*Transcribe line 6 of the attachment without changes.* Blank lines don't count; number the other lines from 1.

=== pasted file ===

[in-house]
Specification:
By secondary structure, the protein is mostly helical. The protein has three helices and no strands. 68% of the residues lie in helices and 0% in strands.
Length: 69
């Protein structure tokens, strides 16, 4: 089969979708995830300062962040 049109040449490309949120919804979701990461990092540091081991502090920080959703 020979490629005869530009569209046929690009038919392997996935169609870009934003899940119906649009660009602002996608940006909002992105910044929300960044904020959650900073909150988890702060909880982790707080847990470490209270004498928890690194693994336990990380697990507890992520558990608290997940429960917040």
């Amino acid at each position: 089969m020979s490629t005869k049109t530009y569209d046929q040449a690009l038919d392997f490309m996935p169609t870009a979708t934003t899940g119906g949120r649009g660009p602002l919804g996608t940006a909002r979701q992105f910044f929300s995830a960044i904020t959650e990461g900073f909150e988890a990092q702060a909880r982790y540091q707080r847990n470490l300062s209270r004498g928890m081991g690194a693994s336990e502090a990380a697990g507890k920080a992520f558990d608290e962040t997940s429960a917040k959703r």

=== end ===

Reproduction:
């Amino acid at each position: 089969m020979s490629t005869k049109t530009y569209d046929q040449a690009l038919d392997f490309m996935p169609t870009a979708t934003t899940g119906g949120r649009g660009p602002l919804g996608t940006a909002r979701q992105f910044f929300s995830a960044i904020t959650e990461g900073f909150e988890a990092q702060a909880r982790y540091q707080r847990n470490l300062s209270r004498g928890m081991g690194a693994s336990e502090a990380a697990g507890k920080a992520f558990d608290e962040t997940s429960a917040k959703r």